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PAGE21 Researcher Profile:Thomas Schöngaßner

Last but not least of PAGE21 young researchers' profile is the profile of Thomas Schöngaßner from Max - Planck Institute for Meteorology in Hamburg, Germany. Thomas specializes in implementation of thermokarst processes into JSBACH, the land surface component of the global climate model MPI – ESM.
Thomas Schöngaßner at his office in Max-Planck Institute for Meteorology in HamburgThomas Schöngaßner at his office in Max-Planck Institute for Meteorology in Hamburg
Thomas Schöngaßner
Max-Planck Institute for Meteorology, Hamburg
Research Field:
Implementation of thermokarst processes into JSBACH, the land surface component of the global climate model MPI-ESM.
How are you affiliated with the PAGE21 project / what parts of your research will be a direct input to PAGE21?
Permafrost related processes are still rudimentary represented in global climate models (GCM) and Earth system models (ESM). New process need to be included to improve the climate model performance in high latitudes. Since permafrost areas inherit a high amount of deposited soil organic carbon, a destabilization would lead to a global-scale feedback mechanism comprising interactions between snow, permafrost, hydrology, and ecosystems.

Therefore I try to include thermokarst processes into JSBACH, the land-surface component of MPI-ESM. Initially, a 1-D scheme of thermal dynamics will be implemented into JSBACH, which fits into very recent developments with regards to permafrost melting and freezing and a dynamical wetland scheme. Structural improvements and new parametrizations of the model are required with regard to heat and water flow (physical processes) and carbon and nitrogen dynamics (bio-geochemical processes). The implementation of a thermokarst module is one task within WP6 of PAGE21 and is a joint activity between MPI-M Hamburg and MPI-BGC Jena.
Thomas presenting his work Thomas presenting his work What is the current challenge within this topic?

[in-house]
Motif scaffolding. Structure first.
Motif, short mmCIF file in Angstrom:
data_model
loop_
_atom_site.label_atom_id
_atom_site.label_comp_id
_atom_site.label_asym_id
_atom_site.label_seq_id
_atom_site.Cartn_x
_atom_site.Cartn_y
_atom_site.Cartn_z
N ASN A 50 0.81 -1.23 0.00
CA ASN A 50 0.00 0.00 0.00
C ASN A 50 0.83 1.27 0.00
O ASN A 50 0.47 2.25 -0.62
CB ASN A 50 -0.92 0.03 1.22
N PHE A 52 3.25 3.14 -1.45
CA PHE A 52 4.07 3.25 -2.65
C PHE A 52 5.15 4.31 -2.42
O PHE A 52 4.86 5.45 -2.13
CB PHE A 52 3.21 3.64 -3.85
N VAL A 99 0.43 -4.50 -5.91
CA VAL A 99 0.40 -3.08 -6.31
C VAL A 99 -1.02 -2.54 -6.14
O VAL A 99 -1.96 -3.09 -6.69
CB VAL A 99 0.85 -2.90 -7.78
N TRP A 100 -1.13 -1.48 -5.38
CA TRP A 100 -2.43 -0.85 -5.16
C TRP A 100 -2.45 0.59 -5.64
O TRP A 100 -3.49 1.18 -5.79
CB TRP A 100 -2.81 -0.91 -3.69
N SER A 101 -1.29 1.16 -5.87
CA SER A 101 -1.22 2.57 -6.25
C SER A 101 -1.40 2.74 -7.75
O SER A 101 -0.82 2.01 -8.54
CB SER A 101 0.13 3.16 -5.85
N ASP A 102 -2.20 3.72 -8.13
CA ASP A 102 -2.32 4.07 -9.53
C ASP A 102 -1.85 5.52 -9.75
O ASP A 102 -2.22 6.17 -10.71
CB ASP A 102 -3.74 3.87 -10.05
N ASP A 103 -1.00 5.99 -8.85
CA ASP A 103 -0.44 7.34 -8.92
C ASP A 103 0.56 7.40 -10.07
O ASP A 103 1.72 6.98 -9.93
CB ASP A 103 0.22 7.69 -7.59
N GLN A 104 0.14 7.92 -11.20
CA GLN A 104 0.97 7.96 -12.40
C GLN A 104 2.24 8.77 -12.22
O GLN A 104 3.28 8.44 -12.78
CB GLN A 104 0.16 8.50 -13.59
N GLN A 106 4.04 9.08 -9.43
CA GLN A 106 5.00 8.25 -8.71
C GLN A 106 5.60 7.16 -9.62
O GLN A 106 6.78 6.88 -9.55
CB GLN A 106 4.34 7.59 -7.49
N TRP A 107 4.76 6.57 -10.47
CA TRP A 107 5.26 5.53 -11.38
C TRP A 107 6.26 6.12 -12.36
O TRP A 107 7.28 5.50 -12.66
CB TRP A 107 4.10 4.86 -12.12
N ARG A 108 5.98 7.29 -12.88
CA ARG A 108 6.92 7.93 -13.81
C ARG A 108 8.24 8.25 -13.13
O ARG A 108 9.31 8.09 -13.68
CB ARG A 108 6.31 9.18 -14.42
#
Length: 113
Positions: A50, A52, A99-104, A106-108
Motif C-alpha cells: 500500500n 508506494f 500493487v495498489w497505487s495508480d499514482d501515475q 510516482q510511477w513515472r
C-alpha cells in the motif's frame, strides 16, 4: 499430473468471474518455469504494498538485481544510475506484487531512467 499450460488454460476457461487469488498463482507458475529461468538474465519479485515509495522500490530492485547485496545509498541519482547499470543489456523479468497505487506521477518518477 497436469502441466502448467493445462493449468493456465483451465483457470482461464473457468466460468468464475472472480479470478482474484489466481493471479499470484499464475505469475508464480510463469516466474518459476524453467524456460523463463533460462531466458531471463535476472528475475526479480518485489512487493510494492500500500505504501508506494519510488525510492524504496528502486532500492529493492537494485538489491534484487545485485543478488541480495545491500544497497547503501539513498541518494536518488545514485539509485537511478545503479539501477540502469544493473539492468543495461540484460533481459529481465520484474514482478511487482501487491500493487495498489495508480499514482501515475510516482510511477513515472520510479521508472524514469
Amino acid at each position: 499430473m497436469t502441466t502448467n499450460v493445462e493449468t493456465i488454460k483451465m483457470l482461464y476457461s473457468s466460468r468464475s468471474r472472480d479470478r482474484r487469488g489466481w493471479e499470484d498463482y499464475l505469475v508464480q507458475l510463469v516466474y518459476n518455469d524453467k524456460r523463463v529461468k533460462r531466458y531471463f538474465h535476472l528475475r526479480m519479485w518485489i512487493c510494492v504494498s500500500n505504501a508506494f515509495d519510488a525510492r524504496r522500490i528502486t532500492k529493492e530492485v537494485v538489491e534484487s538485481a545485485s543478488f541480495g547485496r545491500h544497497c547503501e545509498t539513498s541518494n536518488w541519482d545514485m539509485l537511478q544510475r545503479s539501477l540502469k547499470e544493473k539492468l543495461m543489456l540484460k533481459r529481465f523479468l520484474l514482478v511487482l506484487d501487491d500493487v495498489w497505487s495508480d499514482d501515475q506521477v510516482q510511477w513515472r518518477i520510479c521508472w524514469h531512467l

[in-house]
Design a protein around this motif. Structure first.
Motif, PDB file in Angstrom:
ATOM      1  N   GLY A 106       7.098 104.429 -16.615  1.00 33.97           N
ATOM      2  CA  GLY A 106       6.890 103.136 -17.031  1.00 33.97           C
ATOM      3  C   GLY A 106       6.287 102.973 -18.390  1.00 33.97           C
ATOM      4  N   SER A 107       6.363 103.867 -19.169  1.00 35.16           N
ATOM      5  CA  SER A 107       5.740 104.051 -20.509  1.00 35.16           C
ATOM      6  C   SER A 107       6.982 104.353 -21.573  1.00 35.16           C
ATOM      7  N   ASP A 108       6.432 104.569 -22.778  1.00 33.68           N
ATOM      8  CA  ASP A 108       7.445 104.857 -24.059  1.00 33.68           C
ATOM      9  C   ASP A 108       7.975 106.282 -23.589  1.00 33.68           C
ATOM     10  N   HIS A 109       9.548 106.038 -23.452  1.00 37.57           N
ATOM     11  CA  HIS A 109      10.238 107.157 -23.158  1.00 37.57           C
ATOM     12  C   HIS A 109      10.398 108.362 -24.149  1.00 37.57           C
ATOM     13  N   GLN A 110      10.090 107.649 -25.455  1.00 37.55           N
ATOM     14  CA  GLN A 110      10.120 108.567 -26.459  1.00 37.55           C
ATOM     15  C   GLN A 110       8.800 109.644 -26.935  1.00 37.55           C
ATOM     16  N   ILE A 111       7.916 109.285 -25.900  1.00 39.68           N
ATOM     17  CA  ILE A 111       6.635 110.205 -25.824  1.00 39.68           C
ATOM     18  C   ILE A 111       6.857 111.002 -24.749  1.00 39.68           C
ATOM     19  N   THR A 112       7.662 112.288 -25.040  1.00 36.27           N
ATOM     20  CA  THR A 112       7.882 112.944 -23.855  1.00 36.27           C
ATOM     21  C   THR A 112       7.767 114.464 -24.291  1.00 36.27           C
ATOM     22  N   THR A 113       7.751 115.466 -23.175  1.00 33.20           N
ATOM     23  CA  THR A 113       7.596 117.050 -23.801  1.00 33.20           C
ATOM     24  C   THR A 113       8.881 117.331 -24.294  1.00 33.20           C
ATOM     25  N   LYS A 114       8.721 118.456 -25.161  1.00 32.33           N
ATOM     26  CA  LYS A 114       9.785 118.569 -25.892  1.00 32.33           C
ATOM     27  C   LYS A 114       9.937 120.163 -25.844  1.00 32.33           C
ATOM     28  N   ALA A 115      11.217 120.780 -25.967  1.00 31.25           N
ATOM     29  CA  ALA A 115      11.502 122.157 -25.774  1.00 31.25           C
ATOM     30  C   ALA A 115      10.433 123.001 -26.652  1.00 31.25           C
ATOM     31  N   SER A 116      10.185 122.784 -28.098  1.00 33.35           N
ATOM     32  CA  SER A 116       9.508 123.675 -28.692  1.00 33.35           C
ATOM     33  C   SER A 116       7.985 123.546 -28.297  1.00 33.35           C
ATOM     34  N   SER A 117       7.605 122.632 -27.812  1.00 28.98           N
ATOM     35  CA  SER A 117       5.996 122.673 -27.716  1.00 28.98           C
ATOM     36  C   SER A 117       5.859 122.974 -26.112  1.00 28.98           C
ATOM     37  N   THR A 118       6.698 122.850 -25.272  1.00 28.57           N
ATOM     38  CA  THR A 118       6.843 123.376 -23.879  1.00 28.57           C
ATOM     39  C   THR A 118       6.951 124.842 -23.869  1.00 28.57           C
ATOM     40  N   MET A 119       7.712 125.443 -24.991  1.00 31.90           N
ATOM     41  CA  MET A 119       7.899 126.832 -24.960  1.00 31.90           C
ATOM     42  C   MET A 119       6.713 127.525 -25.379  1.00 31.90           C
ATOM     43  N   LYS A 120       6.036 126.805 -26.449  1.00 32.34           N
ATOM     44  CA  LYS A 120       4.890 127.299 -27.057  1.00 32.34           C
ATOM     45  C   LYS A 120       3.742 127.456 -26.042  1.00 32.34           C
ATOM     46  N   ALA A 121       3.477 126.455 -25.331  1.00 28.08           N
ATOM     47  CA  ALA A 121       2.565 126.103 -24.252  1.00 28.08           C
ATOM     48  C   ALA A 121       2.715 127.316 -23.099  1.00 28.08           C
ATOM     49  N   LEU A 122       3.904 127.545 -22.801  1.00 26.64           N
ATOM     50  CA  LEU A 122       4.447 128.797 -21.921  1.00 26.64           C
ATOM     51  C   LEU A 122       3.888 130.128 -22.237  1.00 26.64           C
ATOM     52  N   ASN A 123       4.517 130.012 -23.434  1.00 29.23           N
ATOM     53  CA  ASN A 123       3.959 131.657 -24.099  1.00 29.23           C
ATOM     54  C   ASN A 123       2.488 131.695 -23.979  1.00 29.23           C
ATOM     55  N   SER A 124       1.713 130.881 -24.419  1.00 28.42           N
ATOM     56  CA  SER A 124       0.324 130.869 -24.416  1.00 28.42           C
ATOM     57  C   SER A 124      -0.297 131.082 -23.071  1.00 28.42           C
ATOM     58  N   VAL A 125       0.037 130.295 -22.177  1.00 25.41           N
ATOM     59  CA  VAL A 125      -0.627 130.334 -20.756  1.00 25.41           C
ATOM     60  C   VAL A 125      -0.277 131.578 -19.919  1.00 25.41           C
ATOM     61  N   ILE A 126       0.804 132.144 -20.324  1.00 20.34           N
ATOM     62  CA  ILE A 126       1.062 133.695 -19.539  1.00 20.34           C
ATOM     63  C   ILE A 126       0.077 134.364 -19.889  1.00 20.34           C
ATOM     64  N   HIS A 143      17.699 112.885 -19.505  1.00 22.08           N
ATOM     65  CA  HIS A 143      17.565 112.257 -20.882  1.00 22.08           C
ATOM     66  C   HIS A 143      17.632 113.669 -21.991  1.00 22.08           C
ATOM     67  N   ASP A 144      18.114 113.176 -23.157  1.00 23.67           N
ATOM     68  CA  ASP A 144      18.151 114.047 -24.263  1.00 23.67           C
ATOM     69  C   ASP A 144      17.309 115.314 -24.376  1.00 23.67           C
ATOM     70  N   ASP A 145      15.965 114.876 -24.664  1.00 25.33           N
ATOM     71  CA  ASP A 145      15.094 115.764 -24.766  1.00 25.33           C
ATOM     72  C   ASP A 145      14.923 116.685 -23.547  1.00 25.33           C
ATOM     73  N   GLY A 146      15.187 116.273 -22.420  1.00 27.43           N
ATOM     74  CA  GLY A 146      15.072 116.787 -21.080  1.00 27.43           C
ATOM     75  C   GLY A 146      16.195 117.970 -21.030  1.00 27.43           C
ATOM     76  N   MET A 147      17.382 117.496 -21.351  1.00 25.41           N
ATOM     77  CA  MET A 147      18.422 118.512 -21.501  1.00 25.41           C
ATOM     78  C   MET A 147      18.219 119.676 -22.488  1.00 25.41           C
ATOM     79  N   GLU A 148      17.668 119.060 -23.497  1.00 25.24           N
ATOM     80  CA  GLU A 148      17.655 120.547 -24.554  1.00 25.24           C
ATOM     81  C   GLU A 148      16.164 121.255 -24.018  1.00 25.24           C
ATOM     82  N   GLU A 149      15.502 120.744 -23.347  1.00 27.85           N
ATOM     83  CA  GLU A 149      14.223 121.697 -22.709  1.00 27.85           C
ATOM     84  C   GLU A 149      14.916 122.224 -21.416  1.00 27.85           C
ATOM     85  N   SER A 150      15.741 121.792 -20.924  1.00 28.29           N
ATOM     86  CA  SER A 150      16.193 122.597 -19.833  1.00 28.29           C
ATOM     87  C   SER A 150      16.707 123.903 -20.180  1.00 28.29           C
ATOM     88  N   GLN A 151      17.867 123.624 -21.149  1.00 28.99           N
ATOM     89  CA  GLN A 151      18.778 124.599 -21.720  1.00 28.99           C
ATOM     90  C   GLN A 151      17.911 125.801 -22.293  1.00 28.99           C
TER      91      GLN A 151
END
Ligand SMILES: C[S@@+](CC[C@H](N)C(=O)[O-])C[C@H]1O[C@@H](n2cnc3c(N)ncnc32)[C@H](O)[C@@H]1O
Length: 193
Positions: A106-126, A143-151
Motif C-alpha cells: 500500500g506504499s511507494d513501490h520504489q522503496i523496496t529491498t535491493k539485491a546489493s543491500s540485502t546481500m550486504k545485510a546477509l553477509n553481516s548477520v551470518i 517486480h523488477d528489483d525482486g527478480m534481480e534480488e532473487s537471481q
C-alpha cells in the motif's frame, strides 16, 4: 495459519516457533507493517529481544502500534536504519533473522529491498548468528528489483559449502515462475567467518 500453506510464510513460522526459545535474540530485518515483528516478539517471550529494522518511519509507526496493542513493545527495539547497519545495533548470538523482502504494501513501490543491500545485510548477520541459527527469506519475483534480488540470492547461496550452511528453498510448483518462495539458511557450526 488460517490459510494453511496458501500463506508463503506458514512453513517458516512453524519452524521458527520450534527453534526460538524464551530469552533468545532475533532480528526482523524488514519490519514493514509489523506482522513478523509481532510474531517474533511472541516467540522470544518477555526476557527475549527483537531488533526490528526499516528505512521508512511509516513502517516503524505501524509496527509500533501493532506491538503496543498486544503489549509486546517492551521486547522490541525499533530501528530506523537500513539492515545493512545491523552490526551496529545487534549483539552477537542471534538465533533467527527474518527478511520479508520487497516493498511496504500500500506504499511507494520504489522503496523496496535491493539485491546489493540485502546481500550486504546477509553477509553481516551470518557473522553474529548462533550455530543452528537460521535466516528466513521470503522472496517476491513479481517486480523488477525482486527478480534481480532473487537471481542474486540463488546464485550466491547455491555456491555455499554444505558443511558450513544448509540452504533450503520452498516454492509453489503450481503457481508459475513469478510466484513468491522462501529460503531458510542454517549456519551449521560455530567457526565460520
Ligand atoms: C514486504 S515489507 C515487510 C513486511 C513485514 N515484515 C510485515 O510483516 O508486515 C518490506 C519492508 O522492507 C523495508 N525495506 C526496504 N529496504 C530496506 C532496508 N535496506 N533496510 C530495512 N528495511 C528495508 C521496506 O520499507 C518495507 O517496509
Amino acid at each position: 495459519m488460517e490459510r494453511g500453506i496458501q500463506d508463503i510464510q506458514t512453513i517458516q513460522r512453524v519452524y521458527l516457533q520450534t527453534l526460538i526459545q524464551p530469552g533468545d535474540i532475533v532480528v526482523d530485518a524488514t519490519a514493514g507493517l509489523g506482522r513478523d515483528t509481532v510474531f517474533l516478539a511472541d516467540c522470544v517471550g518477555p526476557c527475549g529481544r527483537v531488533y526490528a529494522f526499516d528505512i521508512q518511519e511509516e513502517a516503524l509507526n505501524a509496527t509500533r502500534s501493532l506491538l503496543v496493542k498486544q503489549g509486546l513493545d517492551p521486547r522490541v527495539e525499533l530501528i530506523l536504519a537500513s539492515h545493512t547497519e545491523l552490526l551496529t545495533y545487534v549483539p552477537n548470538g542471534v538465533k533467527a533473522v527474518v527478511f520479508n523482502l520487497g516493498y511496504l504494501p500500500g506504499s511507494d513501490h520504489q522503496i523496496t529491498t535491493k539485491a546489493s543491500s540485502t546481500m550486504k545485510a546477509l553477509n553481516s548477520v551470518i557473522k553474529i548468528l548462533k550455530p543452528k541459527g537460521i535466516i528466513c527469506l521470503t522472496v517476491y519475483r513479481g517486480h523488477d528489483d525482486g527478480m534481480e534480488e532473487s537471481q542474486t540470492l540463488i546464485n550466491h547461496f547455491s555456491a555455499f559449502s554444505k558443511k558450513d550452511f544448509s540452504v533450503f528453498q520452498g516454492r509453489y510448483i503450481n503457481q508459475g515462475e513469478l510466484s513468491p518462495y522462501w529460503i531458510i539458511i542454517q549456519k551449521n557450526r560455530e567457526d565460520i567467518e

Thermokarst changes are coupled thermal-hydrological processes, which lead to an enhanced thawing of ice-rich permafrost on local-to-regional scales, where the soil structure is characterized by segregated ice and large ice-wedges. Thermokarst affected surfaces are characterized by a pattern of lakes, hummocks, and marshy hollows. The physical and geological evolution of single thermokarst lakes is well understood and can be applied on thermokarst affected terrain. The main challenge will be to describe the small scale process with a spatial extend of 10-1000m for GCM applications on ESM grid scale. Therefore parametrizations are required and thresholds of climate and soil parameters have to be found, which trigger new thermokarst events.
How did it happen that you became a researcher?
I always liked the nature around us and wanted to understand the processes which are going on there. For me, it is fascinating to see snow coming in late autumn and melting away again in early spring. It was actually very natural to be interested since I always looked forward to go skiing and wondered how long the ski-season may last this time. Also how climate is influencing the everyday life and which differences can arise due to that has inspired me.
Why do you like being a researcher?
I like to think about how to solve new problems and questions. For that you can learn a lot about the processes and mechanisms, which are standing behind them. Then it is always interesting to play around with models and to see how new methods work out and if they can solve the questions.
What do you like most in being a researcher?
Playing around with data and making nice pictures of the results. Running models with many different and also extreme values of input parameters and investigate the range of results, which they can serve.
How a typical working day looks like?
Usually I am sitting in front of the computer in my office, looking out of the window, and going for lunch to the canteen nearby. In between I derive concepts, write scripts, test models, and discuss the results with colleagues.
Funniest response ever when you told somebody that you are a "polar researcher"?
Actually, I am not seeing myself as a polar researcher, because I usually stay in my office and calculate data, which in our case are from the Arctic. But to become a polar researcher, I think you need to research on site, investigate the processes directly, and experience living there.
What are your plans for the upcoming three / five years?
To write a thermokarst module, which is hopefully not too far away from reality. It should should also satisfy researchers from other disciplines like from geology and geochemistry and also the field people, who know the heterogeneity on site. I would also like to visit field sites in the Arctic one time to experience the real physical world and what is going on there.

Most interesting experience / occurrence so far in your career? What are the challenges in the cooperation with the field people? Usual response when you tell somebody that you are researcher in the field of modeling?
Usually people ask me, if I am going to go there. But as a modeler this is not so easy. I hope that I can visit one site one time to investigate the ongoing processes in the Arctic and to experience the real world.